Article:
(b) for a first subsequent offence, to a fine of not less than $500 and not more than $2,000; and

(c) for a second subsequent or an additional subsequent offence, to a fine of not less than $500 and not more than $3,000.

Same

(6.2) If a person is convicted of an offence under this section, the Registrar shall suspend his or her driver’s licence,

(a) for a first offence, for three days;

(b) for a first subsequent offence, for seven days; and

(c) for a second subsequent or an additional subsequent offence, for 30 days.

Same

(6.3) An offence under this section committed more than five years after a previous conviction for an offence under this section is not a subsequent offence for the purposes of subsection (6.1) or (6.2).

3.    New Offence: Careless Driving Causing Bodily Harm or Death

Section 130 subsections (1) and (2) of the Highway Traffic Act contain the offence of Careless Driving. The Cannabis, Smoke-Free Ontario and Road Safety Statute Law Amendment Act adds four more subsections which flesh out the new offence of Careless Driving Causing Bodily Harm or Death as well as breaking the current section into two subsections – (1) and (2) respectively. It is of note that the new section 130 subsections (1) and (2) bear no substantive changes from the previous section 130. The revised sections state:

130(1) Every person is guilty of the offence of driving carelessly who drives a vehicle or street car on a highway without due care and attention or without reasonable consideration for other persons using the highway.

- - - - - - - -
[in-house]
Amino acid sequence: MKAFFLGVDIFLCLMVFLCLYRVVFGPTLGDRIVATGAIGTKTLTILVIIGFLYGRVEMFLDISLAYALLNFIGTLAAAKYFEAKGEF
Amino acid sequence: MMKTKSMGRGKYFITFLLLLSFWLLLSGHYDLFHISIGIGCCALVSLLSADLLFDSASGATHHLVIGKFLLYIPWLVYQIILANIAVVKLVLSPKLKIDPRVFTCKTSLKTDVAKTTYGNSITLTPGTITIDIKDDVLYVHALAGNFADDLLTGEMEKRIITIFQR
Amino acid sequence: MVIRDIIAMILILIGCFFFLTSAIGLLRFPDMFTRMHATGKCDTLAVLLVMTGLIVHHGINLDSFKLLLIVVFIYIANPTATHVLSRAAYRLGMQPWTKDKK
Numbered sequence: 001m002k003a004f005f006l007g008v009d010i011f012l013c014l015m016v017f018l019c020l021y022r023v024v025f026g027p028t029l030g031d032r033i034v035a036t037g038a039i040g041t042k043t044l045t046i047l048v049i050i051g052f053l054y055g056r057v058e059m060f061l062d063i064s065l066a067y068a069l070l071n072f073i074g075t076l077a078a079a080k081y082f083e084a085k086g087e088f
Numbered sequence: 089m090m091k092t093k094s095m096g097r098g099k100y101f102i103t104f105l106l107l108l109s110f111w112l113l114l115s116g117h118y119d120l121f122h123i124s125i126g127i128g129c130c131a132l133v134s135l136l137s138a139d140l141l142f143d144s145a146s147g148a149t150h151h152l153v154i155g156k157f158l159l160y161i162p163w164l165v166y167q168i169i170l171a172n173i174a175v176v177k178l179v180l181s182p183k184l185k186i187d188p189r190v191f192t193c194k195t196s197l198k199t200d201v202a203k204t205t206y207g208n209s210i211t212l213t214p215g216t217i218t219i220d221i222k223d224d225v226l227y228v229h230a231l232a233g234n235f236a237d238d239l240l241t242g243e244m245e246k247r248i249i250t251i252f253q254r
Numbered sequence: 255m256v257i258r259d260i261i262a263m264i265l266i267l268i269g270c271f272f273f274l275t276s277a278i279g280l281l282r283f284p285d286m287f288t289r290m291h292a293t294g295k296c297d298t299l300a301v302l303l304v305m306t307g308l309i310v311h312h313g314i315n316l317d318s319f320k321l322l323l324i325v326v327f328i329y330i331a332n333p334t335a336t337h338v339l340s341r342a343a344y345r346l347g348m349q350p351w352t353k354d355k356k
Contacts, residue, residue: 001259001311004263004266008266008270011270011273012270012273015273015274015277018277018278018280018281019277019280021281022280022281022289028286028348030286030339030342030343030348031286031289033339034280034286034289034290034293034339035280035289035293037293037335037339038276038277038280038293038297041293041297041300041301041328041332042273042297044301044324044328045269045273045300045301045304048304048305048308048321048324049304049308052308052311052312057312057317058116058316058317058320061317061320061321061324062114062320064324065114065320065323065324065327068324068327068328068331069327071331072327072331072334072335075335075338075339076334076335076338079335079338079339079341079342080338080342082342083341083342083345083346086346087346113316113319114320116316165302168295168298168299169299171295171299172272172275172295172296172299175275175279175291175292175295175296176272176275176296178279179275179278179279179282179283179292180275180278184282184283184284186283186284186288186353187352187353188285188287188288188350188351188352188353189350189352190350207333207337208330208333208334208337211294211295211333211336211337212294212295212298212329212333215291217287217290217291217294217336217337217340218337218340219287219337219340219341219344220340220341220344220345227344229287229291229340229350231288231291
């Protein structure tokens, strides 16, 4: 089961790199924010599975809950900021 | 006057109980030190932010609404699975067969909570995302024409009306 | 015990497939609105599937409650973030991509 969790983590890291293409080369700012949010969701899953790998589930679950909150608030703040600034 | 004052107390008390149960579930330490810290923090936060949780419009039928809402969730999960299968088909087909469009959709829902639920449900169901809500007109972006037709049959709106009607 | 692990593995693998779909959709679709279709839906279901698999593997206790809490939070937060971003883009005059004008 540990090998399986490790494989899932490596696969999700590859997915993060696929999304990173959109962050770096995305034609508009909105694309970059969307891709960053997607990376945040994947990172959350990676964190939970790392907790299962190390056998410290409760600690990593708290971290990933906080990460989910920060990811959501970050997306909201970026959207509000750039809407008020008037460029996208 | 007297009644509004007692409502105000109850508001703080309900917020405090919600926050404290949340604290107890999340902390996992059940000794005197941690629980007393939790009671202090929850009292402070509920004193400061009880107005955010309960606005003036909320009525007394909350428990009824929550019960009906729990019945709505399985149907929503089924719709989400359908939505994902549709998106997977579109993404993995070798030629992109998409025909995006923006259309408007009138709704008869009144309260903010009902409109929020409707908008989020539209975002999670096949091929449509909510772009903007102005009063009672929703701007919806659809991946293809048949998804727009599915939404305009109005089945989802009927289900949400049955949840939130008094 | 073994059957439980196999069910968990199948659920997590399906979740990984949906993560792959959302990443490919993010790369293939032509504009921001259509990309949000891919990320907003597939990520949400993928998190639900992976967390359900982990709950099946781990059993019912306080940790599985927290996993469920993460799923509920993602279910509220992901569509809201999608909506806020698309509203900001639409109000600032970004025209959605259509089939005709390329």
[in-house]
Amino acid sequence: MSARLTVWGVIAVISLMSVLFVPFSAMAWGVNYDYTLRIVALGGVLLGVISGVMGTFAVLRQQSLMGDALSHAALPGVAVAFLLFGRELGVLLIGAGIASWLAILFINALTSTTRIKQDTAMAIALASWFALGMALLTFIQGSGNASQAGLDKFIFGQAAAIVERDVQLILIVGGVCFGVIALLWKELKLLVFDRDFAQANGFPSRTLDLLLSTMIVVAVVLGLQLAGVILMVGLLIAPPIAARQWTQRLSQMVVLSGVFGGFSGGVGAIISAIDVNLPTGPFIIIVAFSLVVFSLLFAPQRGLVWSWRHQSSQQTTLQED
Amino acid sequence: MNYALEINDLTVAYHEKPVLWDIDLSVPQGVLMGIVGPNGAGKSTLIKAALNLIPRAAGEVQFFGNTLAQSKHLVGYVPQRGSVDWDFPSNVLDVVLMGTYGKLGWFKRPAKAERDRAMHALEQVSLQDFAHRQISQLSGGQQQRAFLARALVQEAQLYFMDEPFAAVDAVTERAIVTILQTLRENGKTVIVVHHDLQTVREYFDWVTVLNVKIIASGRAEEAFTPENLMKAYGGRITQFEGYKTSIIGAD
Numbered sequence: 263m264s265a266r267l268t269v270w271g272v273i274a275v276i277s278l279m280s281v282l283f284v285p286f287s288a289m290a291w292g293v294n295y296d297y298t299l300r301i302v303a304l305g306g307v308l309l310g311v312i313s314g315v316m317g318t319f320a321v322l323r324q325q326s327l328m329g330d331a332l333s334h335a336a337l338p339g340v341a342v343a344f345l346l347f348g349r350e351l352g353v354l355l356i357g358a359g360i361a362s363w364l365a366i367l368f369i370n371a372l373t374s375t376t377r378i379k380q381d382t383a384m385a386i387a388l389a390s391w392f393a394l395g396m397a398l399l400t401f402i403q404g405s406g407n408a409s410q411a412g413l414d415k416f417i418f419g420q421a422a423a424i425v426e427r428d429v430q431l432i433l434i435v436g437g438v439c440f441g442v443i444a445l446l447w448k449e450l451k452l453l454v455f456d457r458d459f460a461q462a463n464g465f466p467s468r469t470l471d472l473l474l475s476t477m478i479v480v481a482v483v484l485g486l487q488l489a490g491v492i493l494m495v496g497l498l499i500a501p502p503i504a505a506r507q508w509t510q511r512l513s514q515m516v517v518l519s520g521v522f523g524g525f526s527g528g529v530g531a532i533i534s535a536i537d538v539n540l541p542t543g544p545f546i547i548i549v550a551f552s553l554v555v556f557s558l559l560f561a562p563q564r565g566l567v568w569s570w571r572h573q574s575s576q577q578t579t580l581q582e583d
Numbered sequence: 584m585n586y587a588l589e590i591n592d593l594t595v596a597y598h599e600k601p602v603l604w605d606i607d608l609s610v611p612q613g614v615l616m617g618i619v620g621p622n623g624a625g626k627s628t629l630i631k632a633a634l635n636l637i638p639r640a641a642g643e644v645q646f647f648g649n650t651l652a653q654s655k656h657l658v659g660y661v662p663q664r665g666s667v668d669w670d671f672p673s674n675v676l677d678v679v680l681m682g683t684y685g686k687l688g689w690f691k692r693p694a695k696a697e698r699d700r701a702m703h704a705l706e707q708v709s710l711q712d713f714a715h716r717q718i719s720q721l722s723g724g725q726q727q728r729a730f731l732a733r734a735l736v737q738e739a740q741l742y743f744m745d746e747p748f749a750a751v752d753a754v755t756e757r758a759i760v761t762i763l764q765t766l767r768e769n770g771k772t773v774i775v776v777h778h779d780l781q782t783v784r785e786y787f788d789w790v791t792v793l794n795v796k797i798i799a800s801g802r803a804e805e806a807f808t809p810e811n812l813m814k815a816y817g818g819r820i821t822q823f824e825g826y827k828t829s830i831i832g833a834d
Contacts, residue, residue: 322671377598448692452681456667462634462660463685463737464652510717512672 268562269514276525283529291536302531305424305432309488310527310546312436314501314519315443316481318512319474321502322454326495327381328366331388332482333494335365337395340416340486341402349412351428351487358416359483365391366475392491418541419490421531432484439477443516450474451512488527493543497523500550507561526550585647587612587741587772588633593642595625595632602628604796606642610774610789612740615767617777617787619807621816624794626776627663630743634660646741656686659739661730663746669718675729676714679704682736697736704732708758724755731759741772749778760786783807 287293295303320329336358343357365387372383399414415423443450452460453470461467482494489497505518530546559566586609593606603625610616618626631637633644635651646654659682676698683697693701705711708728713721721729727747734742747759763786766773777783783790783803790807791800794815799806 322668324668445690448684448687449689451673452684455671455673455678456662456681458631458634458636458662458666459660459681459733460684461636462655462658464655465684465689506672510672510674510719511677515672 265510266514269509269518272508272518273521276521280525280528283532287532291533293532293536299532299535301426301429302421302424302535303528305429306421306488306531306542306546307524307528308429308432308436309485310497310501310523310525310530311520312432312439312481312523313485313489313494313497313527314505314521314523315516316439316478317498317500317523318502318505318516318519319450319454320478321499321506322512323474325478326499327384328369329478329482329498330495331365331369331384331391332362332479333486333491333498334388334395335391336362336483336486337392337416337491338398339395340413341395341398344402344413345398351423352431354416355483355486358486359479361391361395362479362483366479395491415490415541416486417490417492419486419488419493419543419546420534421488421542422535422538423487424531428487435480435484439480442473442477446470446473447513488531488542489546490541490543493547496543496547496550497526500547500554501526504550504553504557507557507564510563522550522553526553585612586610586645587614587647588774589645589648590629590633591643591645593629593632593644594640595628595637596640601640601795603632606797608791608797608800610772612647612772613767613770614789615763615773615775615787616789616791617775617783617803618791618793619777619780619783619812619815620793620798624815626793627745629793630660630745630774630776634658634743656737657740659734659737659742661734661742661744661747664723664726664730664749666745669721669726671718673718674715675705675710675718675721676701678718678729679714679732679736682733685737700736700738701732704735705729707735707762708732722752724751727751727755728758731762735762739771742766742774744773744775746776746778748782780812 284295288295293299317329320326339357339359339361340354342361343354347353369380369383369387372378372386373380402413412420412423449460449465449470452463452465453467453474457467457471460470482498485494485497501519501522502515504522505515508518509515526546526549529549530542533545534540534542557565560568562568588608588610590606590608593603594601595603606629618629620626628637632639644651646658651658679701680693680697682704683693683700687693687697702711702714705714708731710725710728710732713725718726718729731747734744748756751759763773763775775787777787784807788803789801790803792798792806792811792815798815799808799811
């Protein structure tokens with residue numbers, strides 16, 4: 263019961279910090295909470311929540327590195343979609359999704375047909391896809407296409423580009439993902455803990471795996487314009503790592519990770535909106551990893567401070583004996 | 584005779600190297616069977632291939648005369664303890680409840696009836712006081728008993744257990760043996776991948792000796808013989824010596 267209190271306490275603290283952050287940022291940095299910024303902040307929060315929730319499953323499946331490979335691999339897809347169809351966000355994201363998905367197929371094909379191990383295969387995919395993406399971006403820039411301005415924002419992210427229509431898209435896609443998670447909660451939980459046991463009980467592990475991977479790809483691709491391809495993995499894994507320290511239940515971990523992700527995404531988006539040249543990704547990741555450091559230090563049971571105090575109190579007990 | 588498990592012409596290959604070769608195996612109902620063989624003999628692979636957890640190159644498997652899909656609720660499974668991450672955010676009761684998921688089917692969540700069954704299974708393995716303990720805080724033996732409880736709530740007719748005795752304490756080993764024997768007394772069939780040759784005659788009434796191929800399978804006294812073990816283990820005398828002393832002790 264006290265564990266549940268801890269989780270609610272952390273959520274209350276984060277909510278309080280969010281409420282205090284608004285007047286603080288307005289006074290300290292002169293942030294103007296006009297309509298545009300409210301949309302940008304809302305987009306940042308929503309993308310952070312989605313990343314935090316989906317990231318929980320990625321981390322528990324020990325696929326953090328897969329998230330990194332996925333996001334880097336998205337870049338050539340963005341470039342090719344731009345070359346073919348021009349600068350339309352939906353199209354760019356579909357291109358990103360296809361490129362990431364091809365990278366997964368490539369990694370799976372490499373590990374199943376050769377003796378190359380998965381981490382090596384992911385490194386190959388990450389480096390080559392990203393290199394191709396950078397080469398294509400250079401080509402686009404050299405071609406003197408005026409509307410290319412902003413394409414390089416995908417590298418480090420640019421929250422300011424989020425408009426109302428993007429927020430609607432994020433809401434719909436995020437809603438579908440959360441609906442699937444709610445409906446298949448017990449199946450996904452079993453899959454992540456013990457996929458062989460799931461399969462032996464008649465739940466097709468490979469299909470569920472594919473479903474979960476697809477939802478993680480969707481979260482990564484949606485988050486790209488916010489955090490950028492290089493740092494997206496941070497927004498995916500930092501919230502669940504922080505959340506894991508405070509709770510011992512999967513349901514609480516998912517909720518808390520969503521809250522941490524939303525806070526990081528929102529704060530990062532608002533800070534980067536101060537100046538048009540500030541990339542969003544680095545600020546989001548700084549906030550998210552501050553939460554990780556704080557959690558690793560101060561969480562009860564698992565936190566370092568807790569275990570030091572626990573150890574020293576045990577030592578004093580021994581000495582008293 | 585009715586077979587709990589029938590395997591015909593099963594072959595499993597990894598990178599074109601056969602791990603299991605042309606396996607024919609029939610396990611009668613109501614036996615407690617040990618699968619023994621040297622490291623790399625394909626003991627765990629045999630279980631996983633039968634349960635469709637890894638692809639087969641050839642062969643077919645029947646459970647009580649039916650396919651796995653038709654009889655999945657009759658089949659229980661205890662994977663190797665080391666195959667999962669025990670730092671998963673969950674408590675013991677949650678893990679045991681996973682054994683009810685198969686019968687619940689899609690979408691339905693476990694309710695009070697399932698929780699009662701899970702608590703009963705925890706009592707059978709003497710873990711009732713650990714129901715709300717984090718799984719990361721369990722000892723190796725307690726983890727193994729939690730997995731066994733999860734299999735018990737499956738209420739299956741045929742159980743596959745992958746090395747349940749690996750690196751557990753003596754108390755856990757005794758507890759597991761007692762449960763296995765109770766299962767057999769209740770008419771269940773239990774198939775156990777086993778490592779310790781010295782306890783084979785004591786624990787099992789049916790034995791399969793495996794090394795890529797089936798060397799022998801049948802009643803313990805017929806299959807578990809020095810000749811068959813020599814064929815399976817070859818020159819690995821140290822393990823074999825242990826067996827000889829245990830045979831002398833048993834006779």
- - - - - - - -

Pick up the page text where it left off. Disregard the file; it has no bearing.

Penalty

(2) On conviction under subsection (1), a person is liable to a fine of not less than $400 and not more than $2,000 or to imprisonment for a term of not more than six months, or to both, and in addition his or her driver’s licence or permit may be suspended for a period of not more than two years.

Offence

(3) Every person is guilty of the offence of driving carelessly who drives a vehicle or street car on a highway without due care and attention or without reasonable consideration for other persons using the highway and who thereby causes bodily harm or death to any person.

Penalty

(4) On conviction under subsection (3), a person is liable to a fine of not less than $2,000 and not more than $50,000 or to imprisonment for a term of not more than two years, or to both, and in addition his or her driver’s licence or permit may be suspended for a period of not more than five years.

Deemed lack of reasonable consideration